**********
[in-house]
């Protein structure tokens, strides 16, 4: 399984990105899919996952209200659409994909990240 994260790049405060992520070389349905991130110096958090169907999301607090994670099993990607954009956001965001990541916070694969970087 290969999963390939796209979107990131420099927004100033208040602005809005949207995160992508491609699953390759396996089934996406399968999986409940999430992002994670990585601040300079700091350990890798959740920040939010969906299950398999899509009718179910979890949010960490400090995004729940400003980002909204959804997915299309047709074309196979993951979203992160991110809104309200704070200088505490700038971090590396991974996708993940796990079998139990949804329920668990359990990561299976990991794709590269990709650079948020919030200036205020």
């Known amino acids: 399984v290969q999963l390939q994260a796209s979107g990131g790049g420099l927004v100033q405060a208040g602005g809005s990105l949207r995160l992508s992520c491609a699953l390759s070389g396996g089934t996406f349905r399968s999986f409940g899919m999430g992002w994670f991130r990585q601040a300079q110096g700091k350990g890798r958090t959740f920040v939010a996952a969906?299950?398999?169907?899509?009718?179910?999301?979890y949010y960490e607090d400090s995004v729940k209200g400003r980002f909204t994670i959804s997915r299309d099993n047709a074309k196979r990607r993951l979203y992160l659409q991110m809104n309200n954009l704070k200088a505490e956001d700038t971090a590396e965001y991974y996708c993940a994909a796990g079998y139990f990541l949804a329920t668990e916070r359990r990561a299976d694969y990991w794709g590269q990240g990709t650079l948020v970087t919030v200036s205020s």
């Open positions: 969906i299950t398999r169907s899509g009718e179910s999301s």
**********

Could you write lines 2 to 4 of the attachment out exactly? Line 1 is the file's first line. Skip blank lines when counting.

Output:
């Protein structure tokens, strides 16, 4: 399984990105899919996952209200659409994909990240 994260790049405060992520070389349905991130110096958090169907999301607090994670099993990607954009956001965001990541916070694969970087 290969999963390939796209979107990131420099927004100033208040602005809005949207995160992508491609699953390759396996089934996406399968999986409940999430992002994670990585601040300079700091350990890798959740920040939010969906299950398999899509009718179910979890949010960490400090995004729940400003980002909204959804997915299309047709074309196979993951979203992160991110809104309200704070200088505490700038971090590396991974996708993940796990079998139990949804329920668990359990990561299976990991794709590269990709650079948020919030200036205020």
């Known amino acids: 399984v290969q999963l390939q994260a796209s979107g990131g790049g420099l927004v100033q405060a208040g602005g809005s990105l949207r995160l992508s992520c491609a699953l390759s070389g396996g089934t996406f349905r399968s999986f409940g899919m999430g992002w994670f991130r990585q601040a300079q110096g700091k350990g890798r958090t959740f920040v939010a996952a969906?299950?398999?169907?899509?009718?179910?999301?979890y949010y960490e607090d400090s995004v729940k209200g400003r980002f909204t994670i959804s997915r299309d099993n047709a074309k196979r990607r993951l979203y992160l659409q991110m809104n309200n954009l704070k200088a505490e956001d700038t971090a590396e965001y991974y996708c993940a994909a796990g079998y139990f990541l949804a329920t668990e916070r359990r990561a299976d694969y990991w794709g590269q990240g990709t650079l948020v970087t919030v200036s205020s």
């Open positions: 969906i299950t398999r169907s899509g009718e179910s999301s």